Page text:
Parkdale tenants take action on affordable housing with rent strike

May 25th, 2017 by Katie Douglas

This article was first published on

At the beginning of May, a group of tenants in Parkdale, a Toronto neighbourhood that is home to many newcomers and low‑income residents, went on a rent strike. The tenants are protesting proposed rent increases as well as what they claim are serious maintenance issues in their units. In a recent news release, a spokesperson for the group said that the landlord of three of the six buildings has begun issuing eviction notices to the striking tenants because they did not pay their May rent.

The background to this rent strike is an increasingly problematic rental market in Toronto.

As property values in Toronto increase, so does the market rate for rental units. The Ontario Residential Tenancies Act (RTA) contains rent control provisions that limit the percentage by which a landlord can increase the rent for existing tenants but not when the unit turns over and a new tenant moves in — at that point the landlord can raise the rent for the unit without limit. This creates incentive for landlords to get their long‑standing tenants out so they can rent the unit to a new tenant at a much higher rate given the increase in market rates. In some cases, the Parkdale tenants allege, this means making life in the unit so unbearable that tenants move out voluntarily.

Further, as property values increase, so do property taxes, and as buildings age, they often require costly maintenances such as a new roof or balconies. Landlords in Ontario may attempt to pass on these increased costs to tenants in the form of an “above guideline increase.” This is essentially a temporary exemption from the rent control laws that allow landlords to raise rents by as much as 3 per cent per year versus the 1.5 per cent currently allowed. The Parkdale tenants claim their landlords have secured this exemption on the basis that the buildings they live in require significant repairs. They argue this is unfair given the maintenance issues in their units and that the landlord’s motivation for obtaining the above‑guideline increase is not to undertake repairs but to  push them out so the landlords can move in higher-paying tenants.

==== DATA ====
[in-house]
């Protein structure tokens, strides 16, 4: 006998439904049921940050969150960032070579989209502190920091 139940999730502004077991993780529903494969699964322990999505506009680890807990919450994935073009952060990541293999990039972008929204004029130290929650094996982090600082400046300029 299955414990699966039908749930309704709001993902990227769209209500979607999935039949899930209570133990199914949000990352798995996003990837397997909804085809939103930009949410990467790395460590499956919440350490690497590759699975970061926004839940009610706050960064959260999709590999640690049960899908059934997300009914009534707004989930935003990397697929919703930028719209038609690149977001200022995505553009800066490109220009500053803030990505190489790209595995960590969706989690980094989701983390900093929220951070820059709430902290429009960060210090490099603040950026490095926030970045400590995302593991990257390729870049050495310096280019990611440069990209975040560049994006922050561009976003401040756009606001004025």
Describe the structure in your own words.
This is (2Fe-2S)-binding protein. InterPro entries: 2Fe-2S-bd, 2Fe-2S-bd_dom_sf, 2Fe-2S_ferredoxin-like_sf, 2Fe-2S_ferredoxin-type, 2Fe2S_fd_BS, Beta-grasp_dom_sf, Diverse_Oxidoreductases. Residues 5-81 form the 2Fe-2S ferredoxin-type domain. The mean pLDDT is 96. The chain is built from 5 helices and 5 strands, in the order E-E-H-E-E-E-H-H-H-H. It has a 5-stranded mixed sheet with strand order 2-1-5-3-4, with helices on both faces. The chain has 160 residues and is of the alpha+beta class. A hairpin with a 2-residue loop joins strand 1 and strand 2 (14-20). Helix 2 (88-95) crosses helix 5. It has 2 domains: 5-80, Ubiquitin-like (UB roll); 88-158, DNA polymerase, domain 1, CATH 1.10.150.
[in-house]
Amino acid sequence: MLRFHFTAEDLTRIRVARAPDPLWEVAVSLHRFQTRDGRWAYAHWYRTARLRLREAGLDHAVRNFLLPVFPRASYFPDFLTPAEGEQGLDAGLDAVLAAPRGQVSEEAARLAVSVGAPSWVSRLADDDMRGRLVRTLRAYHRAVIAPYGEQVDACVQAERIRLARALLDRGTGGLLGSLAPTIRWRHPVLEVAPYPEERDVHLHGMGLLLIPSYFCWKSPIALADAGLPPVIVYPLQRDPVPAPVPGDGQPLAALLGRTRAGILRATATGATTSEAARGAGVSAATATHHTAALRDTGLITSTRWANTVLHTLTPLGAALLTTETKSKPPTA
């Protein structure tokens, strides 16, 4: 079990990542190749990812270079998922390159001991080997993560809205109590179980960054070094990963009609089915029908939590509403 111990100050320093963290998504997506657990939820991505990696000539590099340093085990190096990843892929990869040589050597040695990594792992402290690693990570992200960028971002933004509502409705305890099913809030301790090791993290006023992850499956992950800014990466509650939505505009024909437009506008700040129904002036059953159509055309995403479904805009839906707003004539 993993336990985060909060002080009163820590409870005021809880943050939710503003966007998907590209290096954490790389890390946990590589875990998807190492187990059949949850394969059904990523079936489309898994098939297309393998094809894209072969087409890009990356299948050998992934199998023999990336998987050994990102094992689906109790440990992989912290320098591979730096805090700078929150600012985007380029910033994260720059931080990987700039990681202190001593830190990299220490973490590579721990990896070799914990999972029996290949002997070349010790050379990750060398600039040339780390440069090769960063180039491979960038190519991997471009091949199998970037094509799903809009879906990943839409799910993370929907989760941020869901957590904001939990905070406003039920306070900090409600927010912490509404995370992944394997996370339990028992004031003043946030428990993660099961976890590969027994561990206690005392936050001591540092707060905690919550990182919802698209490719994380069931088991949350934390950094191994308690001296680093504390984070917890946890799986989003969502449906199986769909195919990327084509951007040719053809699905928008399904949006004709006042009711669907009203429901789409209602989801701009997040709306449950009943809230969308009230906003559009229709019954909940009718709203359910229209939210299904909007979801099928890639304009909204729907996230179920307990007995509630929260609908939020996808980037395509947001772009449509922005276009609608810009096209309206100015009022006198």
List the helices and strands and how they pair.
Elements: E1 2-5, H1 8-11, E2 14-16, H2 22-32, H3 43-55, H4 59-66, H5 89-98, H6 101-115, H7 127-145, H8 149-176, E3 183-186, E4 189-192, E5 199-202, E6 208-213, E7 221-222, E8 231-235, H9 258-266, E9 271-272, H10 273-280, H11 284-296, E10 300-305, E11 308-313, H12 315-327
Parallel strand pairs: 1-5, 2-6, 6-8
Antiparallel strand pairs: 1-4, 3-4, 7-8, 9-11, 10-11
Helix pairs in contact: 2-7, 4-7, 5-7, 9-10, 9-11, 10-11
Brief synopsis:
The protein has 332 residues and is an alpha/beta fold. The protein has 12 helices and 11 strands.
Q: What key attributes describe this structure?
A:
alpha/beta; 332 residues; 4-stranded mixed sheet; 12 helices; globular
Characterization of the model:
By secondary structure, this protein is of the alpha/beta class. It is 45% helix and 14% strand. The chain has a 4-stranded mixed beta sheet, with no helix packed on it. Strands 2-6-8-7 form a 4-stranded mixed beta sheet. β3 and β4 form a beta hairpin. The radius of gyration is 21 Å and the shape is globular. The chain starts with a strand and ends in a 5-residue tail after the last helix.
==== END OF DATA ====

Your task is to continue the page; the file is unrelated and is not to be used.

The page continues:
These issues are not specific to Parkdale and Toronto. In Vancouver, property values are even more out of control than Ontario and many of the same issues with unscrupulous landlords and economic evictions exist and recently led to the formation of a tenants’ union to advocate for fair treatment.

What a rent strike could mean for tenant rights

The Parkdale tenants have fought back by going on a rent strike. Is this a strategy that is likely to get them the much-needed repairs and a withdrawal of the above‑guideline rent increase they are advocating for?

As a starting point, what tenants in Parkdale have done — refusing to pay their rent — is justification for eviction in Ontario. When a tenant doesn’t pay the rent owing for a unit, a landlord can give that tenant a notice to terminate their tenancy. If the tenant doesn’t pay up or move out within two weeks of receiving the notice, the landlord may apply to the Ontario Landlord and Tenant Board (LTB) for an order evicting the tenant. The rent strike is a risky tactic that could very well result in eviction for many of the Parkdale tenants.